The Reference Manual on Scientific Evidence may sound dry, but considering that it's used by judges across the country in weighing expert testimony and scientific evidence produced at trial, the release of a new edition for the first time in 10 years is big news.
Now in its third edition since 1994, the manual is developed by the Federal Judicial Center and National Research Council. The latest edition, which is available for free online, is 1,038 pages, and features several new chapters on scientific evidence that weren't available 10 years ago.
U.S. District Judge Gladys Kessler, of the U.S. District Court for the District of Columbia, served as co-chair of the committee that oversaw the new manual's production. She said the text is designed to serve as a go-to-guide for judges presented with requests to enter expert testimony.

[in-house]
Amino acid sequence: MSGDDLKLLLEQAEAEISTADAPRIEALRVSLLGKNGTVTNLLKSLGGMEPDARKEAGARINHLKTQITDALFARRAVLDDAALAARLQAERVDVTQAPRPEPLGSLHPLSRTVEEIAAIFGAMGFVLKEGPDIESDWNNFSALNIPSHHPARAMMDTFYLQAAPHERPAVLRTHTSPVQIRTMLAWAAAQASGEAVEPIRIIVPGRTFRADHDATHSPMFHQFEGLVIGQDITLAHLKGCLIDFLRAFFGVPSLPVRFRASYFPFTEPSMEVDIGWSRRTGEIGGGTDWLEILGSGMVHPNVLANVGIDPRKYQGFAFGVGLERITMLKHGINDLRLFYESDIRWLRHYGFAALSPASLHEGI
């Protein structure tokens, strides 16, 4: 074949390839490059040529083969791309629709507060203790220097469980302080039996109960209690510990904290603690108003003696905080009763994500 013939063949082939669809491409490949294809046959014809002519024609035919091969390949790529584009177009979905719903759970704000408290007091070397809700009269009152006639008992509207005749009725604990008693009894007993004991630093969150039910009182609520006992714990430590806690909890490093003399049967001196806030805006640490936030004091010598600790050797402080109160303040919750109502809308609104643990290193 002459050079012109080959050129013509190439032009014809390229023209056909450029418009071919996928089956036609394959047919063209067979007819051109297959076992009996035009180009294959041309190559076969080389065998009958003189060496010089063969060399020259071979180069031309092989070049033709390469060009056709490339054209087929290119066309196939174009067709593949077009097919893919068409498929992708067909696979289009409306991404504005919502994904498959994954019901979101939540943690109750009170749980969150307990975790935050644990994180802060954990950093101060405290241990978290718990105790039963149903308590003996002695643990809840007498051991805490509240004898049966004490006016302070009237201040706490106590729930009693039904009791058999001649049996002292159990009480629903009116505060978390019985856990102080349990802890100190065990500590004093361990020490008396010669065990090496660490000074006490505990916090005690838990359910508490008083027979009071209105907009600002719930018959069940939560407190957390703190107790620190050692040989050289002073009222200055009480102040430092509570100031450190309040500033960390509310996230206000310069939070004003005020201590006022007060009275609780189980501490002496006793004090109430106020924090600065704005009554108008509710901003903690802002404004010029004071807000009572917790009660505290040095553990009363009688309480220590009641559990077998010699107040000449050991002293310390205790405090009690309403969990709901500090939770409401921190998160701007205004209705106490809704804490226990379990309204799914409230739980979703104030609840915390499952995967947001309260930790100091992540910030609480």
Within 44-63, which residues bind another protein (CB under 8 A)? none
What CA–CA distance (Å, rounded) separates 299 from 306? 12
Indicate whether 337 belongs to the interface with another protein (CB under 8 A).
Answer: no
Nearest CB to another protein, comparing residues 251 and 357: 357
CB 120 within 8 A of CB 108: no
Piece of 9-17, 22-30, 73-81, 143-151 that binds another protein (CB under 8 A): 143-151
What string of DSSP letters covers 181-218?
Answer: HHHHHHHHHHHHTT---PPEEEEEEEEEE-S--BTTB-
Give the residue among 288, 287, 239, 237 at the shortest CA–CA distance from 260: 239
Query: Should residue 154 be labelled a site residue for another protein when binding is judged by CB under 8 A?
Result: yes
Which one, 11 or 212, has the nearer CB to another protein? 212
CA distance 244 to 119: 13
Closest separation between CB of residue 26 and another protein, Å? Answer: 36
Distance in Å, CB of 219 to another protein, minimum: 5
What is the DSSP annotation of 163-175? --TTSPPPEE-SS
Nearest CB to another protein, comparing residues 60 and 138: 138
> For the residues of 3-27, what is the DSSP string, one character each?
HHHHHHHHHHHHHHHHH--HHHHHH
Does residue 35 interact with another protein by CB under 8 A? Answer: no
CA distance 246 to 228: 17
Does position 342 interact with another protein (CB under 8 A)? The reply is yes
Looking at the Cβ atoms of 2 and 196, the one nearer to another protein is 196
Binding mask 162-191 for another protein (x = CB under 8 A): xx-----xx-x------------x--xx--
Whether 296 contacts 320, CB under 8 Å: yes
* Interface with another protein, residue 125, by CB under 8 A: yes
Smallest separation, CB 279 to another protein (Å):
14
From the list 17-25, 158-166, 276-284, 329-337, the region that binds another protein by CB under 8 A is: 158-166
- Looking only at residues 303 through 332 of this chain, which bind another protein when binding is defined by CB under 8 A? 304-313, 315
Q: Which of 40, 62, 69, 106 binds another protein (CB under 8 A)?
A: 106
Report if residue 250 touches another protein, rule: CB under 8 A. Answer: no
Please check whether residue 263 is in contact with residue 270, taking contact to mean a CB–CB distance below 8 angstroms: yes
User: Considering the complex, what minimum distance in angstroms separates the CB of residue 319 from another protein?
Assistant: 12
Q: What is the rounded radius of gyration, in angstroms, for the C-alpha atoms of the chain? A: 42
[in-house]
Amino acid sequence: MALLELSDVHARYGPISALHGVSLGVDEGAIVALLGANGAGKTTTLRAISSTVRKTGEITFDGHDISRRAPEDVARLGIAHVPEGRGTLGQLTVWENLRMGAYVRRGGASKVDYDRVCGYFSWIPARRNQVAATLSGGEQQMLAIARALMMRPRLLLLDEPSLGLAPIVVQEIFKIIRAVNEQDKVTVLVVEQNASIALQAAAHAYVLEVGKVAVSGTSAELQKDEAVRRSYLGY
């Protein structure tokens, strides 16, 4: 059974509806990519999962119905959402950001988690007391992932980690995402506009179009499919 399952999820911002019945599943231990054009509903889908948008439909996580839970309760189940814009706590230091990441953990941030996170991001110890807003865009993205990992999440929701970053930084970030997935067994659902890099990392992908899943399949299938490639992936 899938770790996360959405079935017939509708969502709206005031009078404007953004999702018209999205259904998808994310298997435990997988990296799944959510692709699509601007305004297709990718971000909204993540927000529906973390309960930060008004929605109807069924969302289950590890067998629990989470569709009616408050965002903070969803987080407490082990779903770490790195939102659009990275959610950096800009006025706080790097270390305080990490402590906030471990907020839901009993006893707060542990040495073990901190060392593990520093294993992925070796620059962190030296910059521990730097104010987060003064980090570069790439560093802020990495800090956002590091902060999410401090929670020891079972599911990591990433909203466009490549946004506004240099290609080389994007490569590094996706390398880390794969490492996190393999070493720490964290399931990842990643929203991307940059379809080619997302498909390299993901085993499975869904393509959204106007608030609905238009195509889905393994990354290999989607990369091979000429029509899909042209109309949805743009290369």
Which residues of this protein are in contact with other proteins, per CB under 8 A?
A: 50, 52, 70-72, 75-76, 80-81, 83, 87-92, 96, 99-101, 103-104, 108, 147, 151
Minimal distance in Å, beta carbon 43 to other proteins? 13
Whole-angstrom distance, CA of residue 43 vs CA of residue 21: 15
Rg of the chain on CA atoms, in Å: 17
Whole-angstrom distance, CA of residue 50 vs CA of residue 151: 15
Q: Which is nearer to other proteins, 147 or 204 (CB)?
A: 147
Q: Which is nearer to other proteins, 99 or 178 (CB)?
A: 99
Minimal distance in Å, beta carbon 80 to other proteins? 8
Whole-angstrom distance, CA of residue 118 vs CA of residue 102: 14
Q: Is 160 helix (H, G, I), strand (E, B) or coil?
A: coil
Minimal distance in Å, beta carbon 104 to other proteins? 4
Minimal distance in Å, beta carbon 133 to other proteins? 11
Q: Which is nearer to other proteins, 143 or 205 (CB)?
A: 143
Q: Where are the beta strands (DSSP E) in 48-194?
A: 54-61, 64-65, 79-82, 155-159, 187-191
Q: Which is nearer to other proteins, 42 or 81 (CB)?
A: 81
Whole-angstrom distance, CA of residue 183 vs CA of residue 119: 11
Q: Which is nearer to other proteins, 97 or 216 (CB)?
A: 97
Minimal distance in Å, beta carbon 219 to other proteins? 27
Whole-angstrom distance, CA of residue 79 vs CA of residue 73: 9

“The point is to give judges enough undisputed scientific background so that when the lawyers start filing all those motions, to either admit expert testimony or exclude expert testimony, that judge has the fundamentals under her belt, on the basis of proper science,” she said in a phone interview.
Kessler said the latest edition includes new chapters detailing advances in neuroscience research and on the especially hot topic of forensic science. The forensic science chapter details new advances in research on handwriting, microscopic hair and fingerprint evidence.
“It raises very significant questions about…some of the specific tests on which we have relied in the judiciary for many, many years,” she said.
Kessler co-chaired the committee with Jerome Kassirer, a professor with the Tufts University School of Medicine. The manual went through an “incredible review process,” according to Kessler, including a review by the committee, by internal reviewers at the National Academy of Science, an external review by experts outside of the academy, and a final review by U.S. District Judge D. Brock Hornby, of the U.S. District Court for the District of Maine.
The Legal Times’ sister publication, Law Technology News, reported yesterday that the committee decided against including a chapter on computer science, but aims to include one the next time around.